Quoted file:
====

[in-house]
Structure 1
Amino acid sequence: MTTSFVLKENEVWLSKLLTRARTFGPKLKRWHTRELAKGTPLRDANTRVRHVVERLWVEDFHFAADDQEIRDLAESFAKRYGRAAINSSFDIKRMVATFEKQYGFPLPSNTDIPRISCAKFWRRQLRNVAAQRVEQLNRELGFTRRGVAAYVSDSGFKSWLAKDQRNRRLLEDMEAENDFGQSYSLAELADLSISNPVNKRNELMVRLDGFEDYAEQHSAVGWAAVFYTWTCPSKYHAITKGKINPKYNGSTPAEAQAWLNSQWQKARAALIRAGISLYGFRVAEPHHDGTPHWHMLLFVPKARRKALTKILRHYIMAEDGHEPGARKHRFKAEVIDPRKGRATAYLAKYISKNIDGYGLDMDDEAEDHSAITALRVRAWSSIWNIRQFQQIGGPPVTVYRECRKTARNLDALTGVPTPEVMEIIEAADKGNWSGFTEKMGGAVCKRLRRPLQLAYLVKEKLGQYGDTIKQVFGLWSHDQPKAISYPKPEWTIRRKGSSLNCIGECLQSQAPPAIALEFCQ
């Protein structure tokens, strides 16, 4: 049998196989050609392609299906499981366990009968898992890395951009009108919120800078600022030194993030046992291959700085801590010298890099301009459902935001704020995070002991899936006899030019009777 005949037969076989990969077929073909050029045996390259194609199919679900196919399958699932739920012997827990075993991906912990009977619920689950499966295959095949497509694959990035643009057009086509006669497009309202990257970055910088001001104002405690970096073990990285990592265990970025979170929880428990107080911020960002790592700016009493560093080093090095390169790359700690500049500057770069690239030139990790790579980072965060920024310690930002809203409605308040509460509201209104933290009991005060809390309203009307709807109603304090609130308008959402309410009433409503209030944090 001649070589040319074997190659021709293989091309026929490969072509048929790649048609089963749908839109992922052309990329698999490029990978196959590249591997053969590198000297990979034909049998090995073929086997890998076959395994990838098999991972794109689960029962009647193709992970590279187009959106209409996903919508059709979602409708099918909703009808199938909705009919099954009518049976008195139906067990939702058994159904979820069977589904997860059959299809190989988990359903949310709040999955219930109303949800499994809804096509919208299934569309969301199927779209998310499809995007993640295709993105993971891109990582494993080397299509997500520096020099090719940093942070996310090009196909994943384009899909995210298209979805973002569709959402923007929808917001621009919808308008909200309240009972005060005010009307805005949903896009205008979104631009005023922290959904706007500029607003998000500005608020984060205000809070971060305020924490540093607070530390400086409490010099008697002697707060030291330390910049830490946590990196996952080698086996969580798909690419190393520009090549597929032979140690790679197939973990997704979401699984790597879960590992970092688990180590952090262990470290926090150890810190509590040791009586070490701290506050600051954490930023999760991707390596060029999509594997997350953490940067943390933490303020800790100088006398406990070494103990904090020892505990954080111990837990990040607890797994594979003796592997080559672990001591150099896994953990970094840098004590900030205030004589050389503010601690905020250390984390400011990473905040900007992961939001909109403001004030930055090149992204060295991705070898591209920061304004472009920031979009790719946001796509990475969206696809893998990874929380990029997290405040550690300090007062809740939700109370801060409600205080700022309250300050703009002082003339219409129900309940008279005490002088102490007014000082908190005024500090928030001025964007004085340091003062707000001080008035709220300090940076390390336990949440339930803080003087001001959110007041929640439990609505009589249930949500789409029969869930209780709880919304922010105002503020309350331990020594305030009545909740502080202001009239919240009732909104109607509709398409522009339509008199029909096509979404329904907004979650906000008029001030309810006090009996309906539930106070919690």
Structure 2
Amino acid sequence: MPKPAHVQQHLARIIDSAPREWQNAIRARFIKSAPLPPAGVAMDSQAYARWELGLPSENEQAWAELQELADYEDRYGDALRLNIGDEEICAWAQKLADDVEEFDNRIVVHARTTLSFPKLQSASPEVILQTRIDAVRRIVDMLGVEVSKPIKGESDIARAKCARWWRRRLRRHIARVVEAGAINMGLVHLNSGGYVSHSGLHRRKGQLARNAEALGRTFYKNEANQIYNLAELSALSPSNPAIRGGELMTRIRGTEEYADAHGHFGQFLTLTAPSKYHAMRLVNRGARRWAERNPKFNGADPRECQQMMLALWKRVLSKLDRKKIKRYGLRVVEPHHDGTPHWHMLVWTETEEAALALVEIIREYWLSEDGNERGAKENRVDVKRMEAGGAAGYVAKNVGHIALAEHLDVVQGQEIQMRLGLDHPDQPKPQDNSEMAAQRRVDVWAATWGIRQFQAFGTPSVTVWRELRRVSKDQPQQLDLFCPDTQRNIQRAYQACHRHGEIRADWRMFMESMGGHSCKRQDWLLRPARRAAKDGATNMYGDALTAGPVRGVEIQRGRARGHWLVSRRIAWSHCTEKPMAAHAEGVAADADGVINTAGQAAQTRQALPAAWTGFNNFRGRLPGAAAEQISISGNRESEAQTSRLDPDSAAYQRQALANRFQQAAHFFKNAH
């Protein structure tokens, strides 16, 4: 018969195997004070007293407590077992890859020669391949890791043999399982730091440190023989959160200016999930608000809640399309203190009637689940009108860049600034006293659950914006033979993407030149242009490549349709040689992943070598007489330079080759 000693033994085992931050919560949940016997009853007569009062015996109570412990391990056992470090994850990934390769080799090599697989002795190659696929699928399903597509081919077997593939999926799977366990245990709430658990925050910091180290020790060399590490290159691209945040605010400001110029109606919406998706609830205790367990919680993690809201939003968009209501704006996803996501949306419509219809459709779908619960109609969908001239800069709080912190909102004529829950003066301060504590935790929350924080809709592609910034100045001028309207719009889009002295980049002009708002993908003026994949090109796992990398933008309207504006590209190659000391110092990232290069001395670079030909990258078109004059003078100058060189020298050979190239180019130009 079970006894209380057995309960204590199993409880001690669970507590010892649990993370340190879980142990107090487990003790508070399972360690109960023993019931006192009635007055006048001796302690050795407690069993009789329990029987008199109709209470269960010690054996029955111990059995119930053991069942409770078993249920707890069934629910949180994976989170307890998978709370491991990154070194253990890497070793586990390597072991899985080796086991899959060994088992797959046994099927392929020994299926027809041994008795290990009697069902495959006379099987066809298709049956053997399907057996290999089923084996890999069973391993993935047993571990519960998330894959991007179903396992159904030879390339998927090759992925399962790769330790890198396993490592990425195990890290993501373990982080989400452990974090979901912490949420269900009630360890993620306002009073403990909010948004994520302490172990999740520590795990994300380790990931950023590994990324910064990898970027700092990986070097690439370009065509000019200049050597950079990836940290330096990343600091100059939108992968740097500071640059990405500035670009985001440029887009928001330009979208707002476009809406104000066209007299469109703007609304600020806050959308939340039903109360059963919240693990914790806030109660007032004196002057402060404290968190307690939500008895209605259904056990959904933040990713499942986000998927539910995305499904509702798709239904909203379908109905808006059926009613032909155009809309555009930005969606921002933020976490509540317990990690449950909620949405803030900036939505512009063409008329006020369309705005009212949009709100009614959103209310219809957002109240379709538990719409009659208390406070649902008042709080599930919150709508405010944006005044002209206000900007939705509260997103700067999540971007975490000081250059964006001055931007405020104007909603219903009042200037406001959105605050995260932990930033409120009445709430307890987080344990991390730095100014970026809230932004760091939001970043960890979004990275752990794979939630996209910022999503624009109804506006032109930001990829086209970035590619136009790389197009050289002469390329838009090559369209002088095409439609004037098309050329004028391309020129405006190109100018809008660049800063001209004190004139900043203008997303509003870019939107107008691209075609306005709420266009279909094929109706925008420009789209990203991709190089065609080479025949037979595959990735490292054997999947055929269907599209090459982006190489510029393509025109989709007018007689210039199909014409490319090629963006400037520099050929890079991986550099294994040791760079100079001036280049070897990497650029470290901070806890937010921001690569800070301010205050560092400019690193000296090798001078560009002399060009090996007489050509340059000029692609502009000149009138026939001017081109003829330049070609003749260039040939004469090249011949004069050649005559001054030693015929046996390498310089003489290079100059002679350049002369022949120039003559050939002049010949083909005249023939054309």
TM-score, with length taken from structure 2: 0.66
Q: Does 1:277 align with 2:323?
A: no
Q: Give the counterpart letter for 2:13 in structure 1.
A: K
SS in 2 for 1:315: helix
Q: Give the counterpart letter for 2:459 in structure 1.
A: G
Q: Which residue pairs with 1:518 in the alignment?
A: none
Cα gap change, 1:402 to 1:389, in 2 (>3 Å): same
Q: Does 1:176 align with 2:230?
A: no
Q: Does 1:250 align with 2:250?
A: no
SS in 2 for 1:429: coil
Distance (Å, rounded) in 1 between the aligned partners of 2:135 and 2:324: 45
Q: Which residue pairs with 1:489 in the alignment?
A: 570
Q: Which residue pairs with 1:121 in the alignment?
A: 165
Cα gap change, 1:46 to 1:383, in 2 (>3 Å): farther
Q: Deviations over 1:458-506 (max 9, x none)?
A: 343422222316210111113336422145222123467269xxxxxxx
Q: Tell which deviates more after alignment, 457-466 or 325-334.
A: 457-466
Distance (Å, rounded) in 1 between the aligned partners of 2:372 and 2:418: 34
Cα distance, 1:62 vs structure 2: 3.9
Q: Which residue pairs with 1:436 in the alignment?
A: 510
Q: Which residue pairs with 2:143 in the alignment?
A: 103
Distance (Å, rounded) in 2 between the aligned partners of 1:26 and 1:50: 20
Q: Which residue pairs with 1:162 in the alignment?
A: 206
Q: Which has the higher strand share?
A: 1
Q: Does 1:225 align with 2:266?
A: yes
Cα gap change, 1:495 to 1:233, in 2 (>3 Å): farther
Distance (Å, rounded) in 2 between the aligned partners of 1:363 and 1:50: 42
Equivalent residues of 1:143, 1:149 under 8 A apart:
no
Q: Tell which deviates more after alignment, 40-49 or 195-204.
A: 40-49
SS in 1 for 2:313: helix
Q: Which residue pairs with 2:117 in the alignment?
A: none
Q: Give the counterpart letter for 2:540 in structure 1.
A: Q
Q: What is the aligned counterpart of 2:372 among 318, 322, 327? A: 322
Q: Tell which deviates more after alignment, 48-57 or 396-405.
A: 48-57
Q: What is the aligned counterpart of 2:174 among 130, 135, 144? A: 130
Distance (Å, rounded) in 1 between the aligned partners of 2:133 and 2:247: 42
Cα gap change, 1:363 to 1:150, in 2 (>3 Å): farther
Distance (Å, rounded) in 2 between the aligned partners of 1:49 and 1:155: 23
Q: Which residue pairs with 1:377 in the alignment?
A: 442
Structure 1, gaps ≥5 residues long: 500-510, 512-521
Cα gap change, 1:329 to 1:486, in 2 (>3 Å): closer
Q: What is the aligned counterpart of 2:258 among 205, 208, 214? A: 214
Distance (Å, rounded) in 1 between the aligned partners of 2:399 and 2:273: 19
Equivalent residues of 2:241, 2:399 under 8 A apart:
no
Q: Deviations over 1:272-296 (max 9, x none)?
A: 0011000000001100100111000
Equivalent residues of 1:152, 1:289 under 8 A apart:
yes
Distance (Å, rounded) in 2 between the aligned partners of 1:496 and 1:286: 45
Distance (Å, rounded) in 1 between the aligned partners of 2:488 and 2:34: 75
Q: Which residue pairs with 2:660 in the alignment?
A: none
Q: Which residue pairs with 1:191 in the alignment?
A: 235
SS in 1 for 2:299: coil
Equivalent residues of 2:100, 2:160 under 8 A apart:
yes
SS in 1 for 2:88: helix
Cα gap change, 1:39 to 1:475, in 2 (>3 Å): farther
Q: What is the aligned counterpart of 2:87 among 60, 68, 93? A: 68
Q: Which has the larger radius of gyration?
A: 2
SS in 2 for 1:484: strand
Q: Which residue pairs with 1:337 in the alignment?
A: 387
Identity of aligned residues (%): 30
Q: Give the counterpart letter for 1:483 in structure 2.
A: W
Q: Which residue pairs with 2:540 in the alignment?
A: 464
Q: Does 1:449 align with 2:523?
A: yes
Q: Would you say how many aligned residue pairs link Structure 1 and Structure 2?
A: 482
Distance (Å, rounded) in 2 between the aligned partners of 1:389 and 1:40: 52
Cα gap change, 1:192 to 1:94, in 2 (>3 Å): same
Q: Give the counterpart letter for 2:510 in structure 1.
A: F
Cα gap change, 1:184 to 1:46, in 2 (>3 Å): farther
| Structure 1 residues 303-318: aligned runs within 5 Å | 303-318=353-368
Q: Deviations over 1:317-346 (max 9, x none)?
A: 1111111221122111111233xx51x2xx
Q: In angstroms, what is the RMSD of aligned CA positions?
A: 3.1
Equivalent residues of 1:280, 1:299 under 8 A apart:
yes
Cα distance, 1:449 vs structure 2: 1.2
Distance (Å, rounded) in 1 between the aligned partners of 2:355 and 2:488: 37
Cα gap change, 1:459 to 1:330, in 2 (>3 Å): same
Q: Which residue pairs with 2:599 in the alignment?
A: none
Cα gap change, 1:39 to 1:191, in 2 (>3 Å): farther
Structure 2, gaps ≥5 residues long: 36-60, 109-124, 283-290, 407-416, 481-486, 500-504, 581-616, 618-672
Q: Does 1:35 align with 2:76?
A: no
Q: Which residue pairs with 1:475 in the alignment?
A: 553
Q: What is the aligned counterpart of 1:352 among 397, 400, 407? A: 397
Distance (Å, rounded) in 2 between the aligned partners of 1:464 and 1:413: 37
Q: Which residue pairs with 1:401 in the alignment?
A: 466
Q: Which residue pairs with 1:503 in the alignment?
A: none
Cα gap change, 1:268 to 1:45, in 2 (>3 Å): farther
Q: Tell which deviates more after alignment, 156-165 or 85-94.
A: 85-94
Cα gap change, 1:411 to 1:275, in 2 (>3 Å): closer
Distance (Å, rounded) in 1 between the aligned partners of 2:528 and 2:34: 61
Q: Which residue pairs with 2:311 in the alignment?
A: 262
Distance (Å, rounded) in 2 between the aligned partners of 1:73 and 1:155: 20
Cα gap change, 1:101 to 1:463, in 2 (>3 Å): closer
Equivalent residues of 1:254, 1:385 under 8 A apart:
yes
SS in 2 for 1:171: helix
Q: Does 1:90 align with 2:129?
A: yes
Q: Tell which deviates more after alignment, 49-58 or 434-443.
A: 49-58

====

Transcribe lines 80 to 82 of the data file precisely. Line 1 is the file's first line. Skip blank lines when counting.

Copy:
A: none
Q: Which residue pairs with 1:191 in the alignment?
A: 235